Report: Google and Facebook top advertisers’ list of fears that could impact their businesses in 2018
Regardless, advertisers will give a larger portion of their budgets to Google properties than to any other entity.
Advertisers fear the impact of Google and Facebook on their businesses more than any other industry trends in 2018, according to a Marin Software report on digital advertising released Tuesday.
The State of Digital Advertising 2018 notes that the so-called duopoly prevents advertisers from optimizing their customers’ experience by keeping measurements and performance within its “walled gardens.”
The report is based on a global survey of more than 500 B2B and B2C advertising professionals across the retail, automotive, travel and finance sectors.
Paid social is becoming more important to marketers
Also notable from the report is that paid social has muscled past other channels, including search. Nearly all respondents (90 percent) will invest in paid social media in 2018. Seventy percent say they will invest more heavily than last year in paid social.
From the report:
Paid social media is popular with advertisers for two main reasons: reach and flexibility. In 2017, around a third of the 7.5 billion global population used social media, and about a quarter had Facebook accounts. For advertisers this makes social somewhat of a one-stop shop to reach a large number of new consumers within their target audience. Social media platforms are inherently visual, so they provide brands with a variety of formats from basic image-based ad units to immersive stories on Instagram.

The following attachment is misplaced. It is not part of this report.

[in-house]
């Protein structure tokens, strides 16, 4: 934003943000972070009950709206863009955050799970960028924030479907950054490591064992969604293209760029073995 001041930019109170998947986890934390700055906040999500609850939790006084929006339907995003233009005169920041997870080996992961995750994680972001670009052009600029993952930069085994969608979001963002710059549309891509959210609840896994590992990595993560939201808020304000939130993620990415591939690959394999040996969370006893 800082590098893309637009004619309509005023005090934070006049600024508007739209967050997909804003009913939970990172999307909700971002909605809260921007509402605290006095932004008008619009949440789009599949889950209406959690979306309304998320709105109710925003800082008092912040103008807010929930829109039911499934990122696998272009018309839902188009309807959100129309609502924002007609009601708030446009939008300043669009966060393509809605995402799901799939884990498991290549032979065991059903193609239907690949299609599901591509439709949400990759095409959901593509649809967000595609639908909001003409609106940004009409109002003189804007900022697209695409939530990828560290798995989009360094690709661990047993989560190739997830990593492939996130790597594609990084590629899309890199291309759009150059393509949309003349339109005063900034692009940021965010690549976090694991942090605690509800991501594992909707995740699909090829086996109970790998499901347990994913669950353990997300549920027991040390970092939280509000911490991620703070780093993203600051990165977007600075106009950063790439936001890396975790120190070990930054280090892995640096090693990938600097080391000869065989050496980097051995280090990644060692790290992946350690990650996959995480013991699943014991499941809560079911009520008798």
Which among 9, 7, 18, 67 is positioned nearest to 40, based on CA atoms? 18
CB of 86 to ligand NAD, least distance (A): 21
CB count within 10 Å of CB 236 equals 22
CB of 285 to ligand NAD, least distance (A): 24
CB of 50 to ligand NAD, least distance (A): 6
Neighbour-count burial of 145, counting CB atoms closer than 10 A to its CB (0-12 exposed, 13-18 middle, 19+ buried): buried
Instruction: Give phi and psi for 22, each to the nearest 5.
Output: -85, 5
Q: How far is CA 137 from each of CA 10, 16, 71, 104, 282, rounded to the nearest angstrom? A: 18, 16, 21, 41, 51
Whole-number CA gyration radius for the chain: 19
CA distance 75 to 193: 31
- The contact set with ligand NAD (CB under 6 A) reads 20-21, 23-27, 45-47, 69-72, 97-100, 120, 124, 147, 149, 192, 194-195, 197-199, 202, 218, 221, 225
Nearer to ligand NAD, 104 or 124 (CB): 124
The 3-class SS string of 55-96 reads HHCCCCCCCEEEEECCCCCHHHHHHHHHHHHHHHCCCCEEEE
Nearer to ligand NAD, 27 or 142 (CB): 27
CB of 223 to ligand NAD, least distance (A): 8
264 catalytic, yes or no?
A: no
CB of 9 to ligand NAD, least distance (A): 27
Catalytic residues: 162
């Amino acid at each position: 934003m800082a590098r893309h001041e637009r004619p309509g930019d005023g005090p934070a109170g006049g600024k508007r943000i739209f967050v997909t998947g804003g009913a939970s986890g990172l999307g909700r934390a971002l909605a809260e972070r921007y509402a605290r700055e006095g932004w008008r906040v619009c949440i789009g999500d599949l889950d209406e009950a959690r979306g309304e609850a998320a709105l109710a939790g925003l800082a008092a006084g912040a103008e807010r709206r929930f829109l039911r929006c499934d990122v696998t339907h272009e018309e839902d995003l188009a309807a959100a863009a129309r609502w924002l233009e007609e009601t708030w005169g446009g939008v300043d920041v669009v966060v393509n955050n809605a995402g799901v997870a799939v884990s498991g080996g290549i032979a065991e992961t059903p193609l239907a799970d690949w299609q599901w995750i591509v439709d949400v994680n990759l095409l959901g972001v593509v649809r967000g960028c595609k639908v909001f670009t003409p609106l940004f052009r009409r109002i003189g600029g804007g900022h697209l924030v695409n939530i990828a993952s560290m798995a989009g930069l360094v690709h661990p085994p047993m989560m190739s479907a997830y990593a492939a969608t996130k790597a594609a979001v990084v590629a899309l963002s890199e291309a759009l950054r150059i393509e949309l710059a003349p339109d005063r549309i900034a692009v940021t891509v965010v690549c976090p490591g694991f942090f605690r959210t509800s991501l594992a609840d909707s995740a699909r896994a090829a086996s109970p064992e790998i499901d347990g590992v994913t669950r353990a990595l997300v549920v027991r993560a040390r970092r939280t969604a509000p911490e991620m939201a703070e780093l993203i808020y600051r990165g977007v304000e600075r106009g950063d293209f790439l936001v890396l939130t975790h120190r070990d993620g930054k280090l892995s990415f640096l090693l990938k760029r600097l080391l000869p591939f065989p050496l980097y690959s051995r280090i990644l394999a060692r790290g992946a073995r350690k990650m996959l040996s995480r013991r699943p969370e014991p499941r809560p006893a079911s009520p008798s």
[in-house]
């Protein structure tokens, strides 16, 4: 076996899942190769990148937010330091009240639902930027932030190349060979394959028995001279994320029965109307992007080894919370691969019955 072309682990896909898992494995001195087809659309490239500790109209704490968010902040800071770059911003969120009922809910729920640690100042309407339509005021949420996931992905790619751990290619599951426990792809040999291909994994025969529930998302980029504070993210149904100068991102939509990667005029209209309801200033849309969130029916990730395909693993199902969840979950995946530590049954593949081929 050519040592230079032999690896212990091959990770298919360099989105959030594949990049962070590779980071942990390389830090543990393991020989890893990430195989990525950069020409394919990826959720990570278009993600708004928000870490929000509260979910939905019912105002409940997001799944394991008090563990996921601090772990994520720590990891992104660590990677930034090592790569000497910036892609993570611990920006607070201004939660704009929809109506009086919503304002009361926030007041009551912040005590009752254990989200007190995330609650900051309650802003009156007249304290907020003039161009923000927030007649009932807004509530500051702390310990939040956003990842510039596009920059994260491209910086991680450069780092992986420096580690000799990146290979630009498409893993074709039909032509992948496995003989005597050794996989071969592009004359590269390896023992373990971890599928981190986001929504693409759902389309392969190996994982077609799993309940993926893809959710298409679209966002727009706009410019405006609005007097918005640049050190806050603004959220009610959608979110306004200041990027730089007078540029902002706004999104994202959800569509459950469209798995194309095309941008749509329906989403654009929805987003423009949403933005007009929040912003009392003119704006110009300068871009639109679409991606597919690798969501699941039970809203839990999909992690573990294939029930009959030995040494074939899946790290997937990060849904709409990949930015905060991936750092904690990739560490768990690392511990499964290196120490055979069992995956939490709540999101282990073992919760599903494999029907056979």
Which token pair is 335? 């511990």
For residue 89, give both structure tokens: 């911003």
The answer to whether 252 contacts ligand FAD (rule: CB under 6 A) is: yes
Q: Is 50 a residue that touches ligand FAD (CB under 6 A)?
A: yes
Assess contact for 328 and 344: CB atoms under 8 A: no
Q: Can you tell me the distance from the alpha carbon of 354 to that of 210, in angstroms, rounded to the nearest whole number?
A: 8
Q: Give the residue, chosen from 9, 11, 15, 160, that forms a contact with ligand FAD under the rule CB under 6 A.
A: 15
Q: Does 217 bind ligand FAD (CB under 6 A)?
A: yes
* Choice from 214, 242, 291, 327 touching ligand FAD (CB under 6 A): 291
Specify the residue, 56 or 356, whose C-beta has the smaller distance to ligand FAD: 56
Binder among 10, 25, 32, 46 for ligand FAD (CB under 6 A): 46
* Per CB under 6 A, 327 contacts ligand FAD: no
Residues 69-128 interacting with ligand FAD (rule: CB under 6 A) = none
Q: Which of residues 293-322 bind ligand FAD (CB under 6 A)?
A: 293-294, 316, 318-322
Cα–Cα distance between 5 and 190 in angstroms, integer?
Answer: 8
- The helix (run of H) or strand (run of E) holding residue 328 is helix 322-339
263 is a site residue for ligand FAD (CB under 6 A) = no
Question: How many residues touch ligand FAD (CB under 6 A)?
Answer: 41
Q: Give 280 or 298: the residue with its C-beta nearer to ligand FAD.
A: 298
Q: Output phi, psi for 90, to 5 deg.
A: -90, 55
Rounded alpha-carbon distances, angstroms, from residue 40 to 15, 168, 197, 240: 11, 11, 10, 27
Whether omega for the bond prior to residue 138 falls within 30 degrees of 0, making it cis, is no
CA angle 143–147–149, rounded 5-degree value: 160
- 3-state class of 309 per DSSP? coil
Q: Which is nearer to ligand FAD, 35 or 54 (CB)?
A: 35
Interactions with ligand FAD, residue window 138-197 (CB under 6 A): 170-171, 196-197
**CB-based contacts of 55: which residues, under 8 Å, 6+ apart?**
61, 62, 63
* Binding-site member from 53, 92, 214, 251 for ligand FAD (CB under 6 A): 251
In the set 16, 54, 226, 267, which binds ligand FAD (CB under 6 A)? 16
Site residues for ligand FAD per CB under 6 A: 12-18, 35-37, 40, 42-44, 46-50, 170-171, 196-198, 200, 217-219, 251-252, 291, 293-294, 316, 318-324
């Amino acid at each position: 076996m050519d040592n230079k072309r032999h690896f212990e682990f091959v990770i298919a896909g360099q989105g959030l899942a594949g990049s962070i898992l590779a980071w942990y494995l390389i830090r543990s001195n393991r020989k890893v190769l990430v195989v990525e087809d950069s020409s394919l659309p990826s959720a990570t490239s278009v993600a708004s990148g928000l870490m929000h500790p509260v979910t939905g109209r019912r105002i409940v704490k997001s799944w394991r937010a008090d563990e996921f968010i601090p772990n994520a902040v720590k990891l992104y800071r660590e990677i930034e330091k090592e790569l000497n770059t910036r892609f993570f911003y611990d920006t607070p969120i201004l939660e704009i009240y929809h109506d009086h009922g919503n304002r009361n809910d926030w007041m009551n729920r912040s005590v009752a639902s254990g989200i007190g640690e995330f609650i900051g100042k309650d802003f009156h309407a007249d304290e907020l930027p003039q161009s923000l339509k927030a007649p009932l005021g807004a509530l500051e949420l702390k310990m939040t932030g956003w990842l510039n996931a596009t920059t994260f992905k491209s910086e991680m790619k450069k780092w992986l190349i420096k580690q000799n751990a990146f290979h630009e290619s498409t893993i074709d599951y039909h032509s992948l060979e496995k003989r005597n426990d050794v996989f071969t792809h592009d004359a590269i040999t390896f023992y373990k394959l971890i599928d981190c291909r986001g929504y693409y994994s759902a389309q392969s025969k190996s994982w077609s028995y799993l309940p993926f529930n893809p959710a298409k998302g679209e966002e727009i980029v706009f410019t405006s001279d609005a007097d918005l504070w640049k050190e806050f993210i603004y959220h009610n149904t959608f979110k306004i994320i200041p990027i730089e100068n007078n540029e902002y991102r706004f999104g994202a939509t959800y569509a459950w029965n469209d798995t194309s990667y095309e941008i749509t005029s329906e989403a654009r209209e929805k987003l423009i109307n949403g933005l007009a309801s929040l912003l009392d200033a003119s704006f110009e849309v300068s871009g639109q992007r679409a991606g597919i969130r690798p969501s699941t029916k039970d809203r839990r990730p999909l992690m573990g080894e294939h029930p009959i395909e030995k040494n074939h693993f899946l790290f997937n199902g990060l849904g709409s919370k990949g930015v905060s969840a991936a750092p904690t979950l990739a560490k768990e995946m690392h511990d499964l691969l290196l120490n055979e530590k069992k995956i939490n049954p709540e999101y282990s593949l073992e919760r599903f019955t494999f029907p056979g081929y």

Advertisers unsurprisingly will invest more digital marketing budget in paid social (30 percent) than any other paid media channel, with search at 26 percent. The report notes that “when you add search to YouTube and Google Display, Google remains in control of the largest part of the digital marketing budgets.”
Advertisers said that integrating search with social is their biggest challenge, citing Facebook’s restrictions on third-party pixels.
From the report:
The inability to integrate search and social stems from the fact that Facebook doesn’t allow advertisers to use their own pixel within ads, instead requiring them to use Facebook’s pixel and therefore reporting. The result is that two different sets of performance data are produced with no way to understand cross-channel interactions. Despite this significant downside, Facebook’s scale means that advertisers cannot ignore the channel and must make a significant investment in it.
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